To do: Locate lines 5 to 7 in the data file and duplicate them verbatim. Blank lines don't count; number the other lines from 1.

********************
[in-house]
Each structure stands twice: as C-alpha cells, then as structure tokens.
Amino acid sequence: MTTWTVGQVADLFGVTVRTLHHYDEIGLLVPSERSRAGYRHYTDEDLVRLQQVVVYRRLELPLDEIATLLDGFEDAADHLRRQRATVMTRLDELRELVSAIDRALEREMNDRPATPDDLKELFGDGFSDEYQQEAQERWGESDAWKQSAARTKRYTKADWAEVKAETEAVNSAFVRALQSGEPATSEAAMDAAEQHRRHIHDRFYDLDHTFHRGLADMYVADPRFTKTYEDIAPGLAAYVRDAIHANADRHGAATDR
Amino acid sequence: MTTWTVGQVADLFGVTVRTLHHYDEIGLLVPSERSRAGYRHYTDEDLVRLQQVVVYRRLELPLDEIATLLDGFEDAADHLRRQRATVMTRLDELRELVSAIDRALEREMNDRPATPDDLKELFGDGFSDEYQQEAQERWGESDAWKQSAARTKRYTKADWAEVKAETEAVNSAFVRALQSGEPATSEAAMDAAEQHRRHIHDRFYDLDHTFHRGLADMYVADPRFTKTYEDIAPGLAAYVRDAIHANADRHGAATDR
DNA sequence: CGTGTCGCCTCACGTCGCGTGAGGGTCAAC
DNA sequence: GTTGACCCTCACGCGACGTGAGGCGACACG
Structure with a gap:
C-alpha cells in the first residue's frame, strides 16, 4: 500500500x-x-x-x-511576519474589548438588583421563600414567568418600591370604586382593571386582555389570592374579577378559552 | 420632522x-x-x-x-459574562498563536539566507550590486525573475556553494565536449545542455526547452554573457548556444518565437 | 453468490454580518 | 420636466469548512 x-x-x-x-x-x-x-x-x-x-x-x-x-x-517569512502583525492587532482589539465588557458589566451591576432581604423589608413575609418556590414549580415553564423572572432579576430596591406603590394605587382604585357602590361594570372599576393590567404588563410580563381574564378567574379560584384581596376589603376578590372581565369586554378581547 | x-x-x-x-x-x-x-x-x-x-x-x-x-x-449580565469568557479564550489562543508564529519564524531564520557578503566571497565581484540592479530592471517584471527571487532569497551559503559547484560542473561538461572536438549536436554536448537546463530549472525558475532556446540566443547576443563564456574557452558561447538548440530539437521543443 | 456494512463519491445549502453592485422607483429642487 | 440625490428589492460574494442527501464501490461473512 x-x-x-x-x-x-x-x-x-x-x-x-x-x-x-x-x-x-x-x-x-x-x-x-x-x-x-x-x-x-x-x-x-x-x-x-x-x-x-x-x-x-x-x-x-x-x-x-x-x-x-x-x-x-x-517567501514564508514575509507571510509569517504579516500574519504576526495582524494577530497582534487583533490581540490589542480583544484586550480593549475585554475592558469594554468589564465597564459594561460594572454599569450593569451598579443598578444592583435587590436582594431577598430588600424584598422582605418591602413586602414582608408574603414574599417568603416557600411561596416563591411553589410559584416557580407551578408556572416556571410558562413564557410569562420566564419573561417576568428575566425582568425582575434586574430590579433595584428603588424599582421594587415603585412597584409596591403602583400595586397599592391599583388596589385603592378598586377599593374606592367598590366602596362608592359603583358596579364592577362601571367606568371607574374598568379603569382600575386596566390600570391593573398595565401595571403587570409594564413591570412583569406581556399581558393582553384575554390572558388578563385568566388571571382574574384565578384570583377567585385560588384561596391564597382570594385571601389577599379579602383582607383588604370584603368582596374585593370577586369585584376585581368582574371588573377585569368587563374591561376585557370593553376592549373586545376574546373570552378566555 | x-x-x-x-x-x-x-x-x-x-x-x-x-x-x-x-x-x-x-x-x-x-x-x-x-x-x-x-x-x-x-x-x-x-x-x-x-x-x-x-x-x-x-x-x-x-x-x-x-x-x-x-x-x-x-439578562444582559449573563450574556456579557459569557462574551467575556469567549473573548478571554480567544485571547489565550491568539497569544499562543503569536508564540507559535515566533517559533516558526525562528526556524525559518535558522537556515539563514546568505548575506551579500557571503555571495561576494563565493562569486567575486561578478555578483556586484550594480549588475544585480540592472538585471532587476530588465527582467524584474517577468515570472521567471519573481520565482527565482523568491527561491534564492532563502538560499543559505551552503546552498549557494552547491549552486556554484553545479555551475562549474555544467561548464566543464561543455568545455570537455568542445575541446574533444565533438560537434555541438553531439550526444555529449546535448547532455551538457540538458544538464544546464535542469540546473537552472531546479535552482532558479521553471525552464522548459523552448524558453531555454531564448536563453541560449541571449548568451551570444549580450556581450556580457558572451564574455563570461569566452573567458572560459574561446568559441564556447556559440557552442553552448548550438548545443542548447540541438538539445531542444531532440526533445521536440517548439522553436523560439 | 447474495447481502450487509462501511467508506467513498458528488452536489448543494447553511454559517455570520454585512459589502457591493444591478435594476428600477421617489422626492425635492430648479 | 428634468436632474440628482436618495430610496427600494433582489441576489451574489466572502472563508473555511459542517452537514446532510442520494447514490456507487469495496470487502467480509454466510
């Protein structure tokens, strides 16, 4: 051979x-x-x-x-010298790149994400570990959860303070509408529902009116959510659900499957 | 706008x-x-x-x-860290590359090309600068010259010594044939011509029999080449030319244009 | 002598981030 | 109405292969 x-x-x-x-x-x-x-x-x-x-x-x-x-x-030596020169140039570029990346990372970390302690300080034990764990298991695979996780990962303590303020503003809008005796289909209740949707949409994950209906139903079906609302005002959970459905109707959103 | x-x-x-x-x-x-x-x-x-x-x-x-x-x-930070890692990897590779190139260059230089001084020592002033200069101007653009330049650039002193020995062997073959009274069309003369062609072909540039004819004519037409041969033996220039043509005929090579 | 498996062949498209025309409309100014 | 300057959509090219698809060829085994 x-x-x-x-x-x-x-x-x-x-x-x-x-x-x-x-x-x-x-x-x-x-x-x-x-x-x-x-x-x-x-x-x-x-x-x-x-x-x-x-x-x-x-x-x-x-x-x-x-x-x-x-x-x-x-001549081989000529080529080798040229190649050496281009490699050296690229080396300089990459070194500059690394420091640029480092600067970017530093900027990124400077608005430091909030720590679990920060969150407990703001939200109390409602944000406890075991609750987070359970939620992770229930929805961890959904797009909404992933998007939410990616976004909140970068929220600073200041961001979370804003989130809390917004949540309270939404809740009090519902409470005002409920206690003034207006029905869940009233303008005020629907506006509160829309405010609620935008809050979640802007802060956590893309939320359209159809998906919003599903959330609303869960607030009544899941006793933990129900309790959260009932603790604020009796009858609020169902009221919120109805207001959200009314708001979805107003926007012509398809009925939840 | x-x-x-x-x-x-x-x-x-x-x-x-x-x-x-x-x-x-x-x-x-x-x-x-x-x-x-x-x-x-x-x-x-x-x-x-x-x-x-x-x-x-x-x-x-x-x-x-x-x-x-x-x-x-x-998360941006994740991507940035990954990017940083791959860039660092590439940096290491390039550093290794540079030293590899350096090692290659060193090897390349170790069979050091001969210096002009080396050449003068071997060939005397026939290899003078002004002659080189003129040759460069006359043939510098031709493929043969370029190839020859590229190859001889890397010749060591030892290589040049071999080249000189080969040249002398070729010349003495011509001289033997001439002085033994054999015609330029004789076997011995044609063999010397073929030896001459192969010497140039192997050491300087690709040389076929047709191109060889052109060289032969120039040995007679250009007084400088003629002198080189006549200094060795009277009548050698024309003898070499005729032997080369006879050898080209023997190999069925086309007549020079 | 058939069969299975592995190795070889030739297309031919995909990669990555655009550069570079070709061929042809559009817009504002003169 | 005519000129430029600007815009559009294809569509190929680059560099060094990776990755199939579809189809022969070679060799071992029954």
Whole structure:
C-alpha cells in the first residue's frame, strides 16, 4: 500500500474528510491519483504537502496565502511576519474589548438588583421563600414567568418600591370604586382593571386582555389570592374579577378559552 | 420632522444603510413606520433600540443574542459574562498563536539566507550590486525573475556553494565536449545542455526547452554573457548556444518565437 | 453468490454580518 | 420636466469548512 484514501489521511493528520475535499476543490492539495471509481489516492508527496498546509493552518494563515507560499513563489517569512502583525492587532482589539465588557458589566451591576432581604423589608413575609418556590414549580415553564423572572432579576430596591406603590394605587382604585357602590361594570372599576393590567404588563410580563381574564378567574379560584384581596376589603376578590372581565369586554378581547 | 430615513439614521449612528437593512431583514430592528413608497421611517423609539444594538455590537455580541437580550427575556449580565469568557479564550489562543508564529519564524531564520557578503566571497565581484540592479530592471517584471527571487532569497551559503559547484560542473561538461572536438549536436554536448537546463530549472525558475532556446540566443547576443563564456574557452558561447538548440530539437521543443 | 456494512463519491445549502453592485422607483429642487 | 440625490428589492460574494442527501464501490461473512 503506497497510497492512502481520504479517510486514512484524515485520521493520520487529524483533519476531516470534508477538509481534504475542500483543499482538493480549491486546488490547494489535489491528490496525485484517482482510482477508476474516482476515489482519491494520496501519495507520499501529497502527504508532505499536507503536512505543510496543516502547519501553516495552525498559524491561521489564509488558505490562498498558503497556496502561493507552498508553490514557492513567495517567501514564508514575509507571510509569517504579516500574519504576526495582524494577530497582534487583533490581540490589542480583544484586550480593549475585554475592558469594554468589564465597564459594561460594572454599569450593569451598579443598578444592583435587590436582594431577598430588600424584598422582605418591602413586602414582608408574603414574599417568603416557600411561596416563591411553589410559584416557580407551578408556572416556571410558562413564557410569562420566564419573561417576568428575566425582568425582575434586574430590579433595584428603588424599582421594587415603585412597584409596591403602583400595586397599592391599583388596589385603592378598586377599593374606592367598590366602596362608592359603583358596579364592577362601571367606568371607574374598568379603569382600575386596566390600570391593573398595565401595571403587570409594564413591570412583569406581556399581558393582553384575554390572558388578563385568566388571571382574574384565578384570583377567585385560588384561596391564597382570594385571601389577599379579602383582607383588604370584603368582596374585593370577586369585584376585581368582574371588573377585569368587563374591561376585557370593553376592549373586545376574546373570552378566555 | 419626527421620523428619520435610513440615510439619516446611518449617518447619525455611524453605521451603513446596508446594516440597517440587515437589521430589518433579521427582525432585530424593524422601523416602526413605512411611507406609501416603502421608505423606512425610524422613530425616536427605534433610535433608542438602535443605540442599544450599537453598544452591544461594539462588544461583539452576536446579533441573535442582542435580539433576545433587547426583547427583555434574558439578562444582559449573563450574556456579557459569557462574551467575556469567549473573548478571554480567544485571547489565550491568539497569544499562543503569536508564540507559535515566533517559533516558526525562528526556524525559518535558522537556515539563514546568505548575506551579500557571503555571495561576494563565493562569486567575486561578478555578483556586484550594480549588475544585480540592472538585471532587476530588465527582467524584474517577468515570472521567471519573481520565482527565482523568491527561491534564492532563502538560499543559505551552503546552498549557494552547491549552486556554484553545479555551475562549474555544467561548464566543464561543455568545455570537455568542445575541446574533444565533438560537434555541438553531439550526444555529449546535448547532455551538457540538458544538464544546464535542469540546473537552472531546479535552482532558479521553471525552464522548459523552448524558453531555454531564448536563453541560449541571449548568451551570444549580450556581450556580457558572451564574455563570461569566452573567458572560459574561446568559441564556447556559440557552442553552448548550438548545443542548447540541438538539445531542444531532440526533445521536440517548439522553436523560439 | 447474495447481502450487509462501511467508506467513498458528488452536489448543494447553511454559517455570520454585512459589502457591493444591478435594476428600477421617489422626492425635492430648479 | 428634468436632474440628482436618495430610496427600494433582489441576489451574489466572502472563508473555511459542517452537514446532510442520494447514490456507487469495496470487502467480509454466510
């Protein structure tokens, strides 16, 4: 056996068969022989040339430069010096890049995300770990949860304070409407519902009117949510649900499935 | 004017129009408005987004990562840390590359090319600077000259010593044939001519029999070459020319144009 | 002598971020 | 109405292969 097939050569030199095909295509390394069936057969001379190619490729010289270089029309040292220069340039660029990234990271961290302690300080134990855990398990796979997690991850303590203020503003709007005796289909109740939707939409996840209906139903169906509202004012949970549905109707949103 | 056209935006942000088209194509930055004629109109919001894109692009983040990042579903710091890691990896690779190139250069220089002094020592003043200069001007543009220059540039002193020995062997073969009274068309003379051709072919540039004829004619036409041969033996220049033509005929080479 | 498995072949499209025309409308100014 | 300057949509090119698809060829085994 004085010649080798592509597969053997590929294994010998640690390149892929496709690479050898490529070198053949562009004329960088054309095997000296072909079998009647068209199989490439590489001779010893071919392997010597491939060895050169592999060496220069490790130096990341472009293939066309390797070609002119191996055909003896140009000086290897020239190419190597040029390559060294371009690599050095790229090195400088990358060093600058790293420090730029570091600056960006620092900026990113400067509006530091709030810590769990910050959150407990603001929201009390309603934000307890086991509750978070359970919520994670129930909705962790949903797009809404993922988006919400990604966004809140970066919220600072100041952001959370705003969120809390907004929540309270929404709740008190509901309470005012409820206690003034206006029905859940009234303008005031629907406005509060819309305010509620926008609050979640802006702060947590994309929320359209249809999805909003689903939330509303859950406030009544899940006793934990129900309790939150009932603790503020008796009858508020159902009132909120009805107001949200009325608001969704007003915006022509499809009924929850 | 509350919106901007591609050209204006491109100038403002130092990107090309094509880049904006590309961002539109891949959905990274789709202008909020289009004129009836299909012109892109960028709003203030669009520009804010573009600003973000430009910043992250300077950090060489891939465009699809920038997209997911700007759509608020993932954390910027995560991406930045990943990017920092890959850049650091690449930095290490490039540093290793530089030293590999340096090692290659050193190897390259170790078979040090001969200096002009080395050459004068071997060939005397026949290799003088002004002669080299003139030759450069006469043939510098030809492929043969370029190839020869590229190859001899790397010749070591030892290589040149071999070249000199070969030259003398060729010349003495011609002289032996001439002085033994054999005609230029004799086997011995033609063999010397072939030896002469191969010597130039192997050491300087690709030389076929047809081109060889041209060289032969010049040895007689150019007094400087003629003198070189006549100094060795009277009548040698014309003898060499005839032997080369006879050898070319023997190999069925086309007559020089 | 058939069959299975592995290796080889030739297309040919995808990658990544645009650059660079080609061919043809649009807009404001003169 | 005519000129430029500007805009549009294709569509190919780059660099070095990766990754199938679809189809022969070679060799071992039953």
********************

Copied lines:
DNA sequence: CGTGTCGCCTCACGTCGCGTGAGGGTCAAC
DNA sequence: GTTGACCCTCACGCGACGTGAGGCGACACG
Structure with a gap: